I don't think there can be a 'best solution` for any given situation. Only perhaps, an 'appropriate solution' for a particular one. It really depends on what you are trying to do. What graceful degradation means to me is:
- build a 'good enough' interface that works on as many browsers (desktop and mobile) as possible.
- Unobtrusively add in some scripting (validation methods, interface elements such as tabs and sliders or whatever) that will only be present if the browser the page has loaded in has the features needed to make them work.
Whether to use HTML or JSON in the server response is highly subjective, I often find myself struggling to choose between them. One might argue, for instance that receiving a bunch of key-value pairs from the server and rendering them into an existing select element would mean more code and therefore more time spent coding and more potential bugs. Instead, you could simply request the pre-built select element from the server, and inject it into a container. The logic for building the element already resides on the server, why build it twice, in two different languages.
The other perspective is that JSON minimises bandwidth usage, so it is worth going the extra mile to parse some JSON to build some markup on the client. I find it easy to disagree with that point of view, for a couple of reasons (I am not generalising, don't get me wrong). First of all, many, many webservers are configured to compress/deflate/gzip their output, and many, many browsers accept compressed content. Markup is extremely compressible, as it contains boatloads of redundancy (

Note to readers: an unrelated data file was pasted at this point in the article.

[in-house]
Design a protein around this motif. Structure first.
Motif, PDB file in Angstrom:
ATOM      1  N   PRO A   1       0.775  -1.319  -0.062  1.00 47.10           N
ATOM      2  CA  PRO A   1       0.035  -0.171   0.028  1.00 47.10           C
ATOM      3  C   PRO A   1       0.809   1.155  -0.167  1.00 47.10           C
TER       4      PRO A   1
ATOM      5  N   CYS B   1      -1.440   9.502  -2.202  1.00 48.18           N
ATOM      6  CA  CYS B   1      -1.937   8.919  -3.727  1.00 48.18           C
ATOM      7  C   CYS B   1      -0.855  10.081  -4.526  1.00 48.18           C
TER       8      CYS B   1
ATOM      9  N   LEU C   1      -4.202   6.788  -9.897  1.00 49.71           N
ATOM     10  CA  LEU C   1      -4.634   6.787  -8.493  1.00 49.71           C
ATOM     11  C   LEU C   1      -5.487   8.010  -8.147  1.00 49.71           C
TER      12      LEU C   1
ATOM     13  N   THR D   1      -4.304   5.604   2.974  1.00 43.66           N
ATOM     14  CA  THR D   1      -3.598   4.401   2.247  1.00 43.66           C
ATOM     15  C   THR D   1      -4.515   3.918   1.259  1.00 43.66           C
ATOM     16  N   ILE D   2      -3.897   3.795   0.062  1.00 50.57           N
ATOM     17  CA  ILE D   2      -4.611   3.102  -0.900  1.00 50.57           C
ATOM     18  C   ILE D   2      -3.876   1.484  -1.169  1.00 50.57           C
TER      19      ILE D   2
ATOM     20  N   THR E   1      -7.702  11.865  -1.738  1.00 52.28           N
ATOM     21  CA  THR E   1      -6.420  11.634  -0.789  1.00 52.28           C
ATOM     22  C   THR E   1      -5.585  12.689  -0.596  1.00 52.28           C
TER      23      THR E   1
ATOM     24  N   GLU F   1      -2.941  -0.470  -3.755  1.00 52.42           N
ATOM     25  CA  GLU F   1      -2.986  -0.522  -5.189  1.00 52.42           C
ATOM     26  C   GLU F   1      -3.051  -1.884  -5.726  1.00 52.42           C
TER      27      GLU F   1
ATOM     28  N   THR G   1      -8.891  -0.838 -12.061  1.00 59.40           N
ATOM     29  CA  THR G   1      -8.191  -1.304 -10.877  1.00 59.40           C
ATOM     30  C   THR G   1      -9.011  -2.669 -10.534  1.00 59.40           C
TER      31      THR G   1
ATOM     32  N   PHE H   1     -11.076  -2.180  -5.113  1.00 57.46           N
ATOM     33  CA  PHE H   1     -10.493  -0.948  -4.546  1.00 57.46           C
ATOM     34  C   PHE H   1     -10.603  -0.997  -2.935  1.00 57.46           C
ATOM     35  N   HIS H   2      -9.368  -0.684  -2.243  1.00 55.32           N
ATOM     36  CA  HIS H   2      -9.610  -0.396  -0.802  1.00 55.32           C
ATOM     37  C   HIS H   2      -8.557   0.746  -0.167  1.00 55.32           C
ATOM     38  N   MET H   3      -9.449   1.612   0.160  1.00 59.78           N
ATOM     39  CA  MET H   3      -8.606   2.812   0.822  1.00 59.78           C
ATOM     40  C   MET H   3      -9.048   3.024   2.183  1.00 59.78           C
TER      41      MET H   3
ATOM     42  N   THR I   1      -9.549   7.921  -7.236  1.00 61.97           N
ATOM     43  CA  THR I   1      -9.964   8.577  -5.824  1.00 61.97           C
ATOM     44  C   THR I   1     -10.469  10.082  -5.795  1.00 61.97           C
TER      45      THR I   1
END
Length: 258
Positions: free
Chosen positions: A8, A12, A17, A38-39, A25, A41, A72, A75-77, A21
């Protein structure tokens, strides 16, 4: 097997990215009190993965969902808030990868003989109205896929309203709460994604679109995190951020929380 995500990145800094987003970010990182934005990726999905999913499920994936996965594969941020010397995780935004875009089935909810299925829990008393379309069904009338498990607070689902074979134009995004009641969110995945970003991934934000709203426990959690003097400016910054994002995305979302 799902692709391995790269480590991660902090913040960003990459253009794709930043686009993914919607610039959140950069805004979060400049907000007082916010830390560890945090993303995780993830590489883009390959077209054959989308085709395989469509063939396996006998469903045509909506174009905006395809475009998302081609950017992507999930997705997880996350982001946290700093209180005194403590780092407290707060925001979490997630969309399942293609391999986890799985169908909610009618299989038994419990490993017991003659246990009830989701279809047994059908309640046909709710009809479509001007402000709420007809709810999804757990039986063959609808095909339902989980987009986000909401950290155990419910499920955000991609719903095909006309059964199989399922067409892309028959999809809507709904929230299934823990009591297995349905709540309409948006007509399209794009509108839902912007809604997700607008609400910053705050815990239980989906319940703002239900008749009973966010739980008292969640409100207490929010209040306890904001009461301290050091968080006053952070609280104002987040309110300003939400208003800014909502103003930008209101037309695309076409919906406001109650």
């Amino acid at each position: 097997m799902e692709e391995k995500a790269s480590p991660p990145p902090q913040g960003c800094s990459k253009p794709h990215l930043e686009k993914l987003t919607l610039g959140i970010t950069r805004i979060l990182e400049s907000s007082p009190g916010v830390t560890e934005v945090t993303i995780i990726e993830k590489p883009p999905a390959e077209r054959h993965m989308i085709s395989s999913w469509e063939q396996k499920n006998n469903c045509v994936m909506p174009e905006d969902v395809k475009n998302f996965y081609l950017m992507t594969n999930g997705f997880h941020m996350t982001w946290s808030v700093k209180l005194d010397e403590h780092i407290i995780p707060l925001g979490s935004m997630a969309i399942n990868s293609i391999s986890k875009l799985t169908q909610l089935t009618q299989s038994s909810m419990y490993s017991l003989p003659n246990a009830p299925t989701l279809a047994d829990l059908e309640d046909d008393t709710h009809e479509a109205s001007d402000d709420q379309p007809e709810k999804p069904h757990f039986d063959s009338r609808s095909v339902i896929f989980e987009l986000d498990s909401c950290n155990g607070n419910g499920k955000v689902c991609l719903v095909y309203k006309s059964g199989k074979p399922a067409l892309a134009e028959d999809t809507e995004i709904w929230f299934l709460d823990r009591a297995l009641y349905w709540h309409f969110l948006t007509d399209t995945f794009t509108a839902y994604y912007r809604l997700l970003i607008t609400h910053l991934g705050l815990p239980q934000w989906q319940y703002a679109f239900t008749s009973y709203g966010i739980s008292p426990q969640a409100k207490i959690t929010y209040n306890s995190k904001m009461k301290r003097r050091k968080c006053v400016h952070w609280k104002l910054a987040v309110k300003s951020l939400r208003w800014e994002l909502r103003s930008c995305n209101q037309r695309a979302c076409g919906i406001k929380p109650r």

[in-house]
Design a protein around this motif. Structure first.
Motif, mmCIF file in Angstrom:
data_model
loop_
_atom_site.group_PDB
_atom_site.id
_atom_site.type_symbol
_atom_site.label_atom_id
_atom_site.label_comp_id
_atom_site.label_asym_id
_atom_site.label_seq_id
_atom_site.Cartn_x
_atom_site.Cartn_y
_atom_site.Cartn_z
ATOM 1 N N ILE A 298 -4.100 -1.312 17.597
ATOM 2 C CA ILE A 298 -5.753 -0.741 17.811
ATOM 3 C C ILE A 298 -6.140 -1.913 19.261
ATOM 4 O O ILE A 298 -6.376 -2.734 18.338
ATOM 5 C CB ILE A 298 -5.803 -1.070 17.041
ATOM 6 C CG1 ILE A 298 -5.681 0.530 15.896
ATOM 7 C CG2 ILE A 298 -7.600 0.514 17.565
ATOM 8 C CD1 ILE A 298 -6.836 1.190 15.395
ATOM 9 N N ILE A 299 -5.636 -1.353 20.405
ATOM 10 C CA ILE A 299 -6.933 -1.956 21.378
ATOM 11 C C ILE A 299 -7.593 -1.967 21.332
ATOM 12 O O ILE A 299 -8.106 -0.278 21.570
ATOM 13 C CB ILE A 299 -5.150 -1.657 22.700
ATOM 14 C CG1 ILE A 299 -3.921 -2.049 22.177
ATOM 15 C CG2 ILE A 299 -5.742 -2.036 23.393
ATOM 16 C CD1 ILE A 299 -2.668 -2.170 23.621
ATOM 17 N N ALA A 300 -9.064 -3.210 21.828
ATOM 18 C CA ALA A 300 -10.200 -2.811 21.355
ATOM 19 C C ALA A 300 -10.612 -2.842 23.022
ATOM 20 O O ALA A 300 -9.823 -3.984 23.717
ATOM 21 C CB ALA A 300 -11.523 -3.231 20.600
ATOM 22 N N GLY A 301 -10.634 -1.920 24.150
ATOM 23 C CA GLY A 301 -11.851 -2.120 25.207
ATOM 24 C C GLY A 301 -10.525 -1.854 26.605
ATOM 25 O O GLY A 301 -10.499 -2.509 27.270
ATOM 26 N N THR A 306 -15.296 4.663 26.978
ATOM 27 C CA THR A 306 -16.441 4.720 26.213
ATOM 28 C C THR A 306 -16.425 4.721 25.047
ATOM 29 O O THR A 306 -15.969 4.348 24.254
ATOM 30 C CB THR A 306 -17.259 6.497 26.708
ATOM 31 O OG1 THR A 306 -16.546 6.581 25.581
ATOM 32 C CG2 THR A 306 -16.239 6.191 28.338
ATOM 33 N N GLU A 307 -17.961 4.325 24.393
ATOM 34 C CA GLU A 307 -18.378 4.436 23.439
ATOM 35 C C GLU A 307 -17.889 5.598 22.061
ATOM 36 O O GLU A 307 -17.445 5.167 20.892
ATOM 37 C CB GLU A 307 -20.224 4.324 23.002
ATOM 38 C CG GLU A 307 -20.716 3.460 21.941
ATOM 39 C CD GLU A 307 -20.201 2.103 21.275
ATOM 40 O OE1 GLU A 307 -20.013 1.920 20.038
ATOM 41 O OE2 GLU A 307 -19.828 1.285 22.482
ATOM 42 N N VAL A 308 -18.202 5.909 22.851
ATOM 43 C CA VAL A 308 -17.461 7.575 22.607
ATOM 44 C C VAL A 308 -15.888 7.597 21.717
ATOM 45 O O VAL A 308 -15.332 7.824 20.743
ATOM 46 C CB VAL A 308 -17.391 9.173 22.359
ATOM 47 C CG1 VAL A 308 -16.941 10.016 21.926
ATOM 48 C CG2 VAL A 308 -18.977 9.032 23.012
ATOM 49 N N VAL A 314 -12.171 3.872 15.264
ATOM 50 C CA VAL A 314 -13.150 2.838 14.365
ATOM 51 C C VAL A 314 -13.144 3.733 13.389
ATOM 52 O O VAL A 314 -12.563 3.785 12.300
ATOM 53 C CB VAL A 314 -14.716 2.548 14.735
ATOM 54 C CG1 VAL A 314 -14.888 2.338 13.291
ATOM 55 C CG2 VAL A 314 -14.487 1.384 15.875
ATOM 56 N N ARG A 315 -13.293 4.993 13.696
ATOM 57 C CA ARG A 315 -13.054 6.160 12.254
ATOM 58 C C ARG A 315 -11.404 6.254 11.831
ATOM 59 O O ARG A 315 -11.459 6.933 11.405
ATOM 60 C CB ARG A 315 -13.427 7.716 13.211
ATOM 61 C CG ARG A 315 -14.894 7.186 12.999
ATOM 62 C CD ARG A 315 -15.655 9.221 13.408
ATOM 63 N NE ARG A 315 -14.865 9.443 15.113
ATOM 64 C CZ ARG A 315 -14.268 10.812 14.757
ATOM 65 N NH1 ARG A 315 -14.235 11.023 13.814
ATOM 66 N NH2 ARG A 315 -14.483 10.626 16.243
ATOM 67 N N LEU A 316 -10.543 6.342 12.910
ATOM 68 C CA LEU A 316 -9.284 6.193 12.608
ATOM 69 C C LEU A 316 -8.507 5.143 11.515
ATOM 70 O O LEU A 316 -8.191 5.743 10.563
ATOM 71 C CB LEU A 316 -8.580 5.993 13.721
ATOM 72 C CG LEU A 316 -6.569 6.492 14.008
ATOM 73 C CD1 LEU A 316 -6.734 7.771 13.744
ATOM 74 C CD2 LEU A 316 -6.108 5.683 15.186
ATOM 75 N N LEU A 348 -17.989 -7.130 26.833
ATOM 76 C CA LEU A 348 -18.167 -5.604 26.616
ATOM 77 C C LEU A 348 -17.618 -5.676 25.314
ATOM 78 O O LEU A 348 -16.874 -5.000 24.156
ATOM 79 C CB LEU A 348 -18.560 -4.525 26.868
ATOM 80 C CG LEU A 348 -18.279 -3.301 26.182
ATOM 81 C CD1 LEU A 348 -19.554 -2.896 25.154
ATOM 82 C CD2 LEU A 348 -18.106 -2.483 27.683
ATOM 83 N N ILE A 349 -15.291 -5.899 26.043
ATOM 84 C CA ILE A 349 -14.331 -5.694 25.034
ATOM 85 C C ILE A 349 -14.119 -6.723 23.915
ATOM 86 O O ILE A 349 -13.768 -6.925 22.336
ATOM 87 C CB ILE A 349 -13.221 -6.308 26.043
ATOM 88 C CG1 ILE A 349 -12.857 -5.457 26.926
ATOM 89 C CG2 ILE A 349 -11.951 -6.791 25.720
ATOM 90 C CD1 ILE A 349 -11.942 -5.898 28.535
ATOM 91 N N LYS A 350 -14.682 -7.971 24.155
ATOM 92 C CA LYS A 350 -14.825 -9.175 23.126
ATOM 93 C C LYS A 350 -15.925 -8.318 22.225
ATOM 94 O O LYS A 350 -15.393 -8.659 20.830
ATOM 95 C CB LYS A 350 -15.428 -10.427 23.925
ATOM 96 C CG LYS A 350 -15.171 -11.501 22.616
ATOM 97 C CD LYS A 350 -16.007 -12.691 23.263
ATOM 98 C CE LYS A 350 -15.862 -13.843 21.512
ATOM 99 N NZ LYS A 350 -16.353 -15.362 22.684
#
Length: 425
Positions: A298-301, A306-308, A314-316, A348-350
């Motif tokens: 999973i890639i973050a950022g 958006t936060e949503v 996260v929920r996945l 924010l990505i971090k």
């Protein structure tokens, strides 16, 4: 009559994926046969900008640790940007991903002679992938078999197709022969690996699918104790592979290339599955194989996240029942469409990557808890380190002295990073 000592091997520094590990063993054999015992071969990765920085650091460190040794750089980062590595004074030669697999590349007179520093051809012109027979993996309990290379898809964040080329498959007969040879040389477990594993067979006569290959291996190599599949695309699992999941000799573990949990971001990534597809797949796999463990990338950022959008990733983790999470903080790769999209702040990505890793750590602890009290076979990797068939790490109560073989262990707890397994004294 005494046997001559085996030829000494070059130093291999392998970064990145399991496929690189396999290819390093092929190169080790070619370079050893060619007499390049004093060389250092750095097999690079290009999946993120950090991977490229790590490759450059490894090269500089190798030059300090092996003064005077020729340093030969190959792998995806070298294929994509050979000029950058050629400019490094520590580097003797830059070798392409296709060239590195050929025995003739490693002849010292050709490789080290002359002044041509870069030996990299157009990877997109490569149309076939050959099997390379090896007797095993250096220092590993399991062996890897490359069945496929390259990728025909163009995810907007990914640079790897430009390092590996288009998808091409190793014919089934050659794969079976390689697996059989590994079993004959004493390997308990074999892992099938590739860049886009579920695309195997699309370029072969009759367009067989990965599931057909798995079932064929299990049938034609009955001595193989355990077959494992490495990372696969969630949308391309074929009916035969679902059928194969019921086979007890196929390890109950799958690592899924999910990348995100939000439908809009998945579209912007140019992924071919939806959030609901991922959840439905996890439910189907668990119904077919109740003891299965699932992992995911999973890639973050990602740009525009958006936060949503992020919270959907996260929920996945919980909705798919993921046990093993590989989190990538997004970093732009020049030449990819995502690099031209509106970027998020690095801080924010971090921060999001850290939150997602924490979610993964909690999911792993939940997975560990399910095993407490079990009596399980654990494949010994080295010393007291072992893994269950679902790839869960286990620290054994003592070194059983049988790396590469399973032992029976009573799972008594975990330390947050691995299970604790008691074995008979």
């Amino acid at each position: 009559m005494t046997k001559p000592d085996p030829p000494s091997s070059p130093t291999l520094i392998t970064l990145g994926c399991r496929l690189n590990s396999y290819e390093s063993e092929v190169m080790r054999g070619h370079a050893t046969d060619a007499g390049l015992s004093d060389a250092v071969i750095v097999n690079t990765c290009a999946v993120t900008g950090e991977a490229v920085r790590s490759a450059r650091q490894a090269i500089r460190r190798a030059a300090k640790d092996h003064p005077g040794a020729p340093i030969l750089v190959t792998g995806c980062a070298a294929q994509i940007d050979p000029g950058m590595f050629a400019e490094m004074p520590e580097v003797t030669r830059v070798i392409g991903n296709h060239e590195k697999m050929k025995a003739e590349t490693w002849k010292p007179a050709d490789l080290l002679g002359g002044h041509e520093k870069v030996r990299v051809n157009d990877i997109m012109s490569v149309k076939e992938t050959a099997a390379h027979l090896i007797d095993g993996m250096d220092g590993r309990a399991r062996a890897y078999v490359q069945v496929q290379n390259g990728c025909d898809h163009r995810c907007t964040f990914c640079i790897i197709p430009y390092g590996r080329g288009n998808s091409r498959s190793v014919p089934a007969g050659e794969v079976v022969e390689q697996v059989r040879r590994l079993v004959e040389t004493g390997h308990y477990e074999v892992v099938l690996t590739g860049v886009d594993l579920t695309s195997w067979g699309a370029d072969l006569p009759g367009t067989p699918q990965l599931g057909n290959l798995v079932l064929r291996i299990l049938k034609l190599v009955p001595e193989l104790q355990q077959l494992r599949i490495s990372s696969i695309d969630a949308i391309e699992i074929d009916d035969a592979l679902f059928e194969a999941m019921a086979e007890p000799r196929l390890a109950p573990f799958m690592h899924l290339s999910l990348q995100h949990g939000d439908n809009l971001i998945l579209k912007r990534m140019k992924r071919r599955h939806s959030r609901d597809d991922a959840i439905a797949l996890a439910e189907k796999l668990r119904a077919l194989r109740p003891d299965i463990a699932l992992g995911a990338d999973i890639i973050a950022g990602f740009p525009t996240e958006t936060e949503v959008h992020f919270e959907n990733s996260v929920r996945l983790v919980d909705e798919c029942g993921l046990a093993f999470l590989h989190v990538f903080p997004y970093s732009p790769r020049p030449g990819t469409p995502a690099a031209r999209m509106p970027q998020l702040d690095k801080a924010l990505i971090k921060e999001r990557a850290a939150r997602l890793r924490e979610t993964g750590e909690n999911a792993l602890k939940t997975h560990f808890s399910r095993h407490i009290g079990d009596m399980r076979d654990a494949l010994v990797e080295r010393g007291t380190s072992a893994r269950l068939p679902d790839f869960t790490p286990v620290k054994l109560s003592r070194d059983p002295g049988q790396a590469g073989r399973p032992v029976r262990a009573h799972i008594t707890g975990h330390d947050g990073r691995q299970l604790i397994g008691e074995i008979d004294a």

<strong></strong>). It is therefore reasonable to consider that the size of a JSON response would not be overwhelmingly smaller than a response-with-markup. Secondly, a large dataset could mean a sizable execution time on the client (nasty, nested loops are commonplace - evident in some of the questions that pop up here).
My advice to you is to try to understand the upsides and downsides to each approach, and to leverage that information. You might want to read this: